One of the best things about learning chords on the guitar versus other instruments is the fact that many of the forms you hold in the left hand don’t have to change when you switch to another chord of the same quality on the same set of strings. For example, if you play an F Major bar chord on the first fret of the guitar going across all six strings, you can keep your hand in the same exact form on the frets if you want to play an A major - you just slide the hand up to the fifth fret instead. The notes change, but it doesn’t take a lot of mental energy to achieve this.
Enter the CAGED System. The CAGED System is a way to use these forms to create chords, scales, and arpeggios. The system is named after the open major chords most commonly used on the guitar: C, A, G, E, and D. Not only does this spell a word (which helps you remember it), but it also outlines the order in which you can move the same chord up the neck in different forms. This post is called “part one” because I’m only going to going over the rules for creating the open chord (which can then moved and barred) and the main major, minor, and dominant 7th chords of the open position.
The CAGED System “Rules”
These rules apply to 6 string guitars in standard tuning, capische?
- No more than 6 notes in a chord
- All chord tones must be present (3 for major and minor, 4 for dominant 7)
- octave doubling can be used to fill out the chord
- The left hand fretting should only occur between 4 frets
- For the chord form to be barrable, up to 3 fingers on the left hand can be used in creating the “base” form.
- All of these chords are root position (not inversions)
The CAGED Worksheet
The CAGED System Worksheet
I created a worksheet as a place for musicians to start learning the most basic chords. I show each chord in the open position using standard notation and chord charts, then show how the chord would look fretted at bar 2. Remember, however you finger a chord in the open position, you might have to change the fingering when you move to the bar chord so that you free up finger 1 to execute said bar.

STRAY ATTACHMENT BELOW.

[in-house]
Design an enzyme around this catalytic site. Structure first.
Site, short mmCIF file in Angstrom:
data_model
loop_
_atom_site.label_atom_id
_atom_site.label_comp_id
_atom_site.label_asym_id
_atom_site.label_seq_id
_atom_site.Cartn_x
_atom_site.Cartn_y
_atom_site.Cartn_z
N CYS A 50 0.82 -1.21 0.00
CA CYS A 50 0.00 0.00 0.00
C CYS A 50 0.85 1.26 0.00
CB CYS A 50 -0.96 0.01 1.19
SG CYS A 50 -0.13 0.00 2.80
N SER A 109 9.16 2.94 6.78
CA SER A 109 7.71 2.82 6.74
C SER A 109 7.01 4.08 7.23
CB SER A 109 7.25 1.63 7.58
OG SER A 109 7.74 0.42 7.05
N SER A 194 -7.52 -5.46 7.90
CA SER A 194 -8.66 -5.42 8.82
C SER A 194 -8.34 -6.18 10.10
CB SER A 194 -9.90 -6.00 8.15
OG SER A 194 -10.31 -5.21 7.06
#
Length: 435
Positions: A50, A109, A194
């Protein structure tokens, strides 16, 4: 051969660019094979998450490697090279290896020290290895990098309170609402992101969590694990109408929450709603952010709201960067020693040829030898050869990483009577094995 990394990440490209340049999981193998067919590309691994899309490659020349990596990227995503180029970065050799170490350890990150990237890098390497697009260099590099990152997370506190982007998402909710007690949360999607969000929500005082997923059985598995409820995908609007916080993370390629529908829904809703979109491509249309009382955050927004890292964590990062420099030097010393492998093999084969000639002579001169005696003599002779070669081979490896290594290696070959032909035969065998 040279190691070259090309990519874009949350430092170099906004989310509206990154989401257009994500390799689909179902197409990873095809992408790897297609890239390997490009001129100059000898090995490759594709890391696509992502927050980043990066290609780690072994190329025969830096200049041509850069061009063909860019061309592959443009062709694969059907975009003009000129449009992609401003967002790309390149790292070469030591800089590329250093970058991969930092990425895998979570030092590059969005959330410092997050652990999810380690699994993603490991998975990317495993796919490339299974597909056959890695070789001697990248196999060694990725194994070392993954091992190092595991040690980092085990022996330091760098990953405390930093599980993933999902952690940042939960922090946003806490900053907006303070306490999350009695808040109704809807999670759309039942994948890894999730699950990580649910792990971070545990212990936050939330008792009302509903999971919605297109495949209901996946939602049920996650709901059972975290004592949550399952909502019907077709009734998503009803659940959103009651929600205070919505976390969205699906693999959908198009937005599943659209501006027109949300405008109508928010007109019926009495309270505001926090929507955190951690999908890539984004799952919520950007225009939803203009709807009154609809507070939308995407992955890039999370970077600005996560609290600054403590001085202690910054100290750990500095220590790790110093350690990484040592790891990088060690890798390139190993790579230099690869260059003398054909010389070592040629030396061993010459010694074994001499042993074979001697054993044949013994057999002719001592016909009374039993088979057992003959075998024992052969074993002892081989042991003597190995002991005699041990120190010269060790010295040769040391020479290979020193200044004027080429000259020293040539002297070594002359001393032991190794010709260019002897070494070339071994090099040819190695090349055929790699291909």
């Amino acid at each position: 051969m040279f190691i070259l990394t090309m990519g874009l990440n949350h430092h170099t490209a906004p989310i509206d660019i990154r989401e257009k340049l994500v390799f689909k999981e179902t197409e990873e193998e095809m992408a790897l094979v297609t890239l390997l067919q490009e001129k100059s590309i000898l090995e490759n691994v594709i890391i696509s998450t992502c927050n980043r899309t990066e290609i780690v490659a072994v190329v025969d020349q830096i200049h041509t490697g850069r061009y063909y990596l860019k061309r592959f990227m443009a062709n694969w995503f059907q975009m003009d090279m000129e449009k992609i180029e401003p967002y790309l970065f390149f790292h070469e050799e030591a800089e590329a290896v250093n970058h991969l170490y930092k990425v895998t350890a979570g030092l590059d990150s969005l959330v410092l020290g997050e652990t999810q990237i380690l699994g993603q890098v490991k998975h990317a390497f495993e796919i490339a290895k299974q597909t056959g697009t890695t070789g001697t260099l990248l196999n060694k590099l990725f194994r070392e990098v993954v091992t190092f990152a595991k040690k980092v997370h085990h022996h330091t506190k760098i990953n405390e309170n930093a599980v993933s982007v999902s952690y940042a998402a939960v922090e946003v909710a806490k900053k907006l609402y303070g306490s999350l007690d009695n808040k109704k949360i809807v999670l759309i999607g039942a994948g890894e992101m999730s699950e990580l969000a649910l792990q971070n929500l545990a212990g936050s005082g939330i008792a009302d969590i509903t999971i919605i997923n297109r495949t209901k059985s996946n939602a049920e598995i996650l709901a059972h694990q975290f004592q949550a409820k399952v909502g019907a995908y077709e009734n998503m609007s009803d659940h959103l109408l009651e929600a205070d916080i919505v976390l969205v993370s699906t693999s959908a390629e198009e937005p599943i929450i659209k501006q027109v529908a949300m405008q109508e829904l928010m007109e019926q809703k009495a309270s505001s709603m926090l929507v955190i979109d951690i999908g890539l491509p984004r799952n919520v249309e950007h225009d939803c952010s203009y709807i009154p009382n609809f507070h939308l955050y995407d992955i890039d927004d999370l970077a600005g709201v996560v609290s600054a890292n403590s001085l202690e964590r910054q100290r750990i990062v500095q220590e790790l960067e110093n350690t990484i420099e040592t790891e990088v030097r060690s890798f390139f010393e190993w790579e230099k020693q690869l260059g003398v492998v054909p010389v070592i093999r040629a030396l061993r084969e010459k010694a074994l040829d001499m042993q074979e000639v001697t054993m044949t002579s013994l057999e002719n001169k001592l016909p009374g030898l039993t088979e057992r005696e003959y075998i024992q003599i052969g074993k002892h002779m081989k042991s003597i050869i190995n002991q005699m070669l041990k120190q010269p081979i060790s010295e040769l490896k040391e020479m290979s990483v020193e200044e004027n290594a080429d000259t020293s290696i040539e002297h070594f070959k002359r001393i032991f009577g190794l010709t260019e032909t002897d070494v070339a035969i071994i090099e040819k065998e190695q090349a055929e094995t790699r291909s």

As you go through this, think about the chord root, type (or quality), and form. This is important to know when you start moving into the bar chords.
I’ve included only what I consider “practical” chords for this worksheet. Remember, you can also do partial chords when playing. For example, many people find the G form in major difficult to execute when barred. It’s very common to change the chord to a 4 string chord (only playing strings 1-4) in a performance situation.
Moving up the neck with a single chord in different forms: C Major example
So you’ve completed the worksheet! Good work! Now let’s try putting this into practice with a single chord, but with different voicings! Play C major in the C form. (Notice, if the root matches the form, it’s an open chord not a bar chord). Good work! Now play a C major in the A form. The third fret will be barred to achieve this. Notice the lowest root C is the same as when you played the open chord (5th string, third fret). The plot thickens. Now play the C major in the G form. You’ll be *barring across the 5th fret for this one. Yes it’s a bit of a stretch! But notice the barring finger is sharing the notes (G on the 4th string, C on the 3rd string, and E on the 2nd string) from the previous form. Intriguing! Okay, now play the C major in the E form. You’re barring the 8th fret now, and the root C is the same as the previous form (6th string, 8th fret). The first octave is on the 4th string, 10th fret. I mention this because…Now we’re moving to the C major in the d form (barring the 10th fret). The root of this chord shares the octave from the previous form!
What have we learned here? First, the forms were always go in the order of the spelling of the word CAGED as you ascend up the neck. I love that. (Note: if you start on a different form, go in order of where the first form begins. For the E form, follow it with D, C, A, G). Next - all of the chords have connection points between them. Navigate forward and backwards between chord forms to recognize these connection points. Pick a different chord, then navigate through all of its forms to expand your variety of playing on the guitar.
I know Ian has a similar document that goes over much of the same material but in a different way. Look out for a post from him, as well as more from me continuing on using the CAGED system! In the future I’ll post about different chord types/qualities, scales, and arpeggios as they relate to this system.
Good luck, and let me know how applying this post goes for you!